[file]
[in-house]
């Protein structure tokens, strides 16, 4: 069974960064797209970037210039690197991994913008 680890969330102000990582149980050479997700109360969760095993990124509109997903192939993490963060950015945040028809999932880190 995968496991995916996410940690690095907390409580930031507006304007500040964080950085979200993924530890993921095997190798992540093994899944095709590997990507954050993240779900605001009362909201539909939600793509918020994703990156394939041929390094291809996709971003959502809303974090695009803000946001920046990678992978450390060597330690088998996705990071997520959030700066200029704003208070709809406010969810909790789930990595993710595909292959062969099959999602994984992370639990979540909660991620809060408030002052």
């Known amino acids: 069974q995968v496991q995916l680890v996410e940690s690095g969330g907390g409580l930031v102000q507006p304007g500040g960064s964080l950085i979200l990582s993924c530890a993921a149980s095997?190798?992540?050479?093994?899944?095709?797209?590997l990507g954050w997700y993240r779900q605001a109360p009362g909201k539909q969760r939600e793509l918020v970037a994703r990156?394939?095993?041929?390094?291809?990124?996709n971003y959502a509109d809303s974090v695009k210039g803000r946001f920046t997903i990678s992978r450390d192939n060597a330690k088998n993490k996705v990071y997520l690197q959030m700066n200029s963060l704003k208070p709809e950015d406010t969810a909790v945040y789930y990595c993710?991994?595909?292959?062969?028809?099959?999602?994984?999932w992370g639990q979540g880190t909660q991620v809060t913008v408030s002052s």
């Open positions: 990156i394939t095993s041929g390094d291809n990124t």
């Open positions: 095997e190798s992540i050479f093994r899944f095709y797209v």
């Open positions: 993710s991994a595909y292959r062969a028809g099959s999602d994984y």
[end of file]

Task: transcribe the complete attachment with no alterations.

[in-house]
């Protein structure tokens, strides 16, 4: 069974960064797209970037210039690197991994913008 680890969330102000990582149980050479997700109360969760095993990124509109997903192939993490963060950015945040028809999932880190 995968496991995916996410940690690095907390409580930031507006304007500040964080950085979200993924530890993921095997190798992540093994899944095709590997990507954050993240779900605001009362909201539909939600793509918020994703990156394939041929390094291809996709971003959502809303974090695009803000946001920046990678992978450390060597330690088998996705990071997520959030700066200029704003208070709809406010969810909790789930990595993710595909292959062969099959999602994984992370639990979540909660991620809060408030002052």
């Known amino acids: 069974q995968v496991q995916l680890v996410e940690s690095g969330g907390g409580l930031v102000q507006p304007g500040g960064s964080l950085i979200l990582s993924c530890a993921a149980s095997?190798?992540?050479?093994?899944?095709?797209?590997l990507g954050w997700y993240r779900q605001a109360p009362g909201k539909q969760r939600e793509l918020v970037a994703r990156?394939?095993?041929?390094?291809?990124?996709n971003y959502a509109d809303s974090v695009k210039g803000r946001f920046t997903i990678s992978r450390d192939n060597a330690k088998n993490k996705v990071y997520l690197q959030m700066n200029s963060l704003k208070p709809e950015d406010t969810a909790v945040y789930y990595c993710?991994?595909?292959?062969?028809?099959?999602?994984?999932w992370g639990q979540g880190t909660q991620v809060t913008v408030s002052s």
């Open positions: 990156i394939t095993s041929g390094d291809n990124t």
């Open positions: 095997e190798s992540i050479f093994r899944f095709y797209v």
């Open positions: 993710s991994a595909y292959r062969a028809g099959s999602d994984y």